Lama Yeshe is the resident teacher at the Hay River KTC Buddhist Meditation Center near Ridgeland, WI. For additional information on the center or the activities of Lama Yeshe, see our website at KTCHayriver.org. View Center Website Here.
Lama Yeshe participated in an Interfaith Dialog at St James Catholic Church in Eau Claire, WI on May 24. He based his presentation on a quote from the newly released book Interconnected by the 17th Karmapa, Oryen Trinley Dorje. “One area where we seem to find it particularly difficult to accept our differences—much less value them—is religion. However, religious diversity is inevitable, given the diversity in the historical and cultural conditions that give rise to religious institutions, doctrines, and practices. What’s more, religious diversity is also necessary and positive for human society. Since human beings are diverse on terms of our predispositions and needs, we benefit greatly from having a variety of spiritual paths available to us. From a Buddhist perspective, the argument that one religion is the best while the rest are all mistaken or inferior is unsustainable and not useful. It fails to take into account our variety of human dispositions and emotional needs. If it does not suit our individual temperament or help us to free ourselves from suffering and become better people, following the “best” religion is of little use. Even if one religion were really the best or truest, I do not think that being the best and truest is the point when it comes to religion. In my view, the point is for it to suit the person and to benefit them.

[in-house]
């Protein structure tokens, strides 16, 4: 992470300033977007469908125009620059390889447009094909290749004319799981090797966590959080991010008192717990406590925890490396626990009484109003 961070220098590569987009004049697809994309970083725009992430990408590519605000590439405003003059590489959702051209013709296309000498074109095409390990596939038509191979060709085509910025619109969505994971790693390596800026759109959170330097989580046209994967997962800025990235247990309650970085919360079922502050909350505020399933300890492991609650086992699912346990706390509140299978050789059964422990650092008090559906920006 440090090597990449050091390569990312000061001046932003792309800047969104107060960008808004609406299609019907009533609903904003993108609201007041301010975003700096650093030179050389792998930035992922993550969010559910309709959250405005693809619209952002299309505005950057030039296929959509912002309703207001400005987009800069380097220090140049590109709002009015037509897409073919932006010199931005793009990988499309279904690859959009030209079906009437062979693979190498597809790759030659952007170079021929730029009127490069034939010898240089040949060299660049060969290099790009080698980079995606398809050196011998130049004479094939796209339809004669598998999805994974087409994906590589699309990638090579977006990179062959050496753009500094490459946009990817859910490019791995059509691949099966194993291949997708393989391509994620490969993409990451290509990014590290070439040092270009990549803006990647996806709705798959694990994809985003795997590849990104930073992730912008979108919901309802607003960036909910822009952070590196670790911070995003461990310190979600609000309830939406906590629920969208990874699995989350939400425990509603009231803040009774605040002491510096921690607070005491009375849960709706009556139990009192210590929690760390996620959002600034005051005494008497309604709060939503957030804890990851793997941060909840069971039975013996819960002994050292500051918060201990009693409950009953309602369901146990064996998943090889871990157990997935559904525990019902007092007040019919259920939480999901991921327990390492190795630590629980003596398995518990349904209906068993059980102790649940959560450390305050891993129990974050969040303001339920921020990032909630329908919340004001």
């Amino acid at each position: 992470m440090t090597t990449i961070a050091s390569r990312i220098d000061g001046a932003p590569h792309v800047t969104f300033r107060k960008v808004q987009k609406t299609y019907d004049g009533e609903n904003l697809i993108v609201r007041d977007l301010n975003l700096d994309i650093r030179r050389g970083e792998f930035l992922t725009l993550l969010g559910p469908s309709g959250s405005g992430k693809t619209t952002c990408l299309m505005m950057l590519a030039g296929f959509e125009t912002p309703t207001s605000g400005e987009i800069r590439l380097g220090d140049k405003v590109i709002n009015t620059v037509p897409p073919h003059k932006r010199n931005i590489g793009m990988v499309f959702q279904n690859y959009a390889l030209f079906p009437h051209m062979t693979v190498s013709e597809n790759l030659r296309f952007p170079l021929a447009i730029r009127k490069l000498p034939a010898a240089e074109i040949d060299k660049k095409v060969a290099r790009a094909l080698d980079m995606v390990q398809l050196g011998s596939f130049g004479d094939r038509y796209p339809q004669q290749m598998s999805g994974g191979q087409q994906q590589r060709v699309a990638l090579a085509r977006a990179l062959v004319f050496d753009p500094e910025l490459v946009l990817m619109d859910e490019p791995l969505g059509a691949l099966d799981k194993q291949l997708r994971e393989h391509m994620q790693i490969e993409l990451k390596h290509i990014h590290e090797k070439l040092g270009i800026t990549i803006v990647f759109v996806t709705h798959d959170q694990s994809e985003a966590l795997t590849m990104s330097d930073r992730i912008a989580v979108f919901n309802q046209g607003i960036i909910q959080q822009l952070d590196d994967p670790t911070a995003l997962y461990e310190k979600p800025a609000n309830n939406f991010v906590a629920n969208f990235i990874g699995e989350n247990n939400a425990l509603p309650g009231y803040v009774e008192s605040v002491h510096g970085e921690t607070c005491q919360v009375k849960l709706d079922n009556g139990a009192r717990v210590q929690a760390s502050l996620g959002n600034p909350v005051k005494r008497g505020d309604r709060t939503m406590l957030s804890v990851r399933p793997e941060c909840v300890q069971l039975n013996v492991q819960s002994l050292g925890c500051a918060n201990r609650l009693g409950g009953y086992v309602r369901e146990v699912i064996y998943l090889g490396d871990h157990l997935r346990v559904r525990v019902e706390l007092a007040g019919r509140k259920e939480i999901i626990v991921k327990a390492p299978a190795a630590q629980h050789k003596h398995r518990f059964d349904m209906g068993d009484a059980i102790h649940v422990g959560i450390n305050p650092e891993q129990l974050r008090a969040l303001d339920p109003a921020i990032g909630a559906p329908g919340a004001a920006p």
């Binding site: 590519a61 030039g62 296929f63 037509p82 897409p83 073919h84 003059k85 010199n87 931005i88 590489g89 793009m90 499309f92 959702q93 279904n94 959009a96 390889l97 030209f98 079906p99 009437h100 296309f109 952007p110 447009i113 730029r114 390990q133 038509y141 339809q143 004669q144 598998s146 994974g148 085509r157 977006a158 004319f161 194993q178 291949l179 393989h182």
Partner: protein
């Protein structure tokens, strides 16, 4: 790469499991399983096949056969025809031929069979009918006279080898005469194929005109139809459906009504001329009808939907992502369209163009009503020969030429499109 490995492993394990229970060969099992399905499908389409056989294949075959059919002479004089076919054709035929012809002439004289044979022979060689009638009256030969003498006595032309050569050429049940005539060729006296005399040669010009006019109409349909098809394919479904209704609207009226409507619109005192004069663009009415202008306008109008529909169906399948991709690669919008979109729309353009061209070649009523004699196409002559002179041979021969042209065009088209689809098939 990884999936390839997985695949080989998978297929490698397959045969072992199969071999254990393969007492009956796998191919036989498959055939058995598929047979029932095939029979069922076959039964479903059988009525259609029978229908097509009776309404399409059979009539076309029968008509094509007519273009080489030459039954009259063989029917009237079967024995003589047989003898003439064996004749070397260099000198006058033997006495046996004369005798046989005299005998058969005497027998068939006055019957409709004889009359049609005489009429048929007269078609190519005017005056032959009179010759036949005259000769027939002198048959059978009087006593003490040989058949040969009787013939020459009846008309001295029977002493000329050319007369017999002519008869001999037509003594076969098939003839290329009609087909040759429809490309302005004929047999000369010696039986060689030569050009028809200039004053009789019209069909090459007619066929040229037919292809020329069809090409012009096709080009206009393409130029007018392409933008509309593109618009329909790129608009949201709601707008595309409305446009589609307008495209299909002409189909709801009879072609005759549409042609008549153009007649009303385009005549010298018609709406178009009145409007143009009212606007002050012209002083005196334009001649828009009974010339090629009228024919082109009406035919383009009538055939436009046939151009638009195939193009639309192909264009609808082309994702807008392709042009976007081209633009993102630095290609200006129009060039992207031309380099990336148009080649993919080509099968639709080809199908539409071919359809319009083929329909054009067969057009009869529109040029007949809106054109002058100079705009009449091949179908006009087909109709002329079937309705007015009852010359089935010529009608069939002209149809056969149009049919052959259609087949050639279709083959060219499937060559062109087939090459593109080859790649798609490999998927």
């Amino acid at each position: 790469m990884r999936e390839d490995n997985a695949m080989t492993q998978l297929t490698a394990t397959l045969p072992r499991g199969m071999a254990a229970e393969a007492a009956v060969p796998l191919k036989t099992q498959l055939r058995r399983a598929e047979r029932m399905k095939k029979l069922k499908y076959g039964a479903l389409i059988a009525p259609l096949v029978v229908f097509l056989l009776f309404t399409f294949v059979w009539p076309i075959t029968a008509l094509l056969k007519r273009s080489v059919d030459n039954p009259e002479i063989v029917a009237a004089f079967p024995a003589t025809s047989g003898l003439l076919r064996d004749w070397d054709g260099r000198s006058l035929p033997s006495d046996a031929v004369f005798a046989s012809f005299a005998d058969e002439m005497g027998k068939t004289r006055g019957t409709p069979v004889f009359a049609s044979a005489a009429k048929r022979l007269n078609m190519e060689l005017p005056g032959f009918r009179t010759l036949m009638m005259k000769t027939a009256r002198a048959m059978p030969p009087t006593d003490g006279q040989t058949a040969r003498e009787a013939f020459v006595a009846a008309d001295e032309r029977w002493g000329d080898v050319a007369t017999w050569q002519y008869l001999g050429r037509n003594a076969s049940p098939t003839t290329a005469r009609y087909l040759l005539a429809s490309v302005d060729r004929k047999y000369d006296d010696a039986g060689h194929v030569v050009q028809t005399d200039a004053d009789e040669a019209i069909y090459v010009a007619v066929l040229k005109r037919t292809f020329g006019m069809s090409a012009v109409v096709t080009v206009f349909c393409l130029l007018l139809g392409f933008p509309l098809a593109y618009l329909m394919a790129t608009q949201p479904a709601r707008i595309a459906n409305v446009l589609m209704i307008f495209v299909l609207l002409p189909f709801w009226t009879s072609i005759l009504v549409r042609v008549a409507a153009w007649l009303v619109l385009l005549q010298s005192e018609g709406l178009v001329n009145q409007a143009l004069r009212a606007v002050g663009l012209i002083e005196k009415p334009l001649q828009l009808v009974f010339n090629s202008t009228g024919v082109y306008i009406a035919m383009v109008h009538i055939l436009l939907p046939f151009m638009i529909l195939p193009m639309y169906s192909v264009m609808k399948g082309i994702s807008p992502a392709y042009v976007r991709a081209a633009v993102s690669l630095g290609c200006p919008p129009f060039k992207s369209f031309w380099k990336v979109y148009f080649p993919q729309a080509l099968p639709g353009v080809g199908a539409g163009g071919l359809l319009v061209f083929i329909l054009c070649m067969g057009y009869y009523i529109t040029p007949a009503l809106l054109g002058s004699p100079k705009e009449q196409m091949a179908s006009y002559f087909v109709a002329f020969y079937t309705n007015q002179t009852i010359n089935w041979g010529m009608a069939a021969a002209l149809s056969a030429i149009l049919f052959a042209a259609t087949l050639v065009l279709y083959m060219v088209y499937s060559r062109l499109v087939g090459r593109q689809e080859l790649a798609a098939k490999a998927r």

There is no reason to insist that everyone follow a single religion or spiritual path, or for all religions to agree on the same beliefs and practices in order to be considered equal. In fact, religions are already equal in the most important sense. If they address us as human beings, recognizing our common wish to be free of suffering and to find lasting happiness, they are equal. They are united in a common goal, which is to alleviate suffering and help us find happiness and live meaningful lives. All religions offer us ways to achieve these aims by looking primarily within our own hearts and minds. I think when we recognize this shared purpose at the root of all religions, we will be able to see them as fundamentally equal and to respect and value the diversity we see in their branches—their particular forms and expressions.”
From the book Interconnected by the 17th Karmapa, Oryen Trinley Dorje.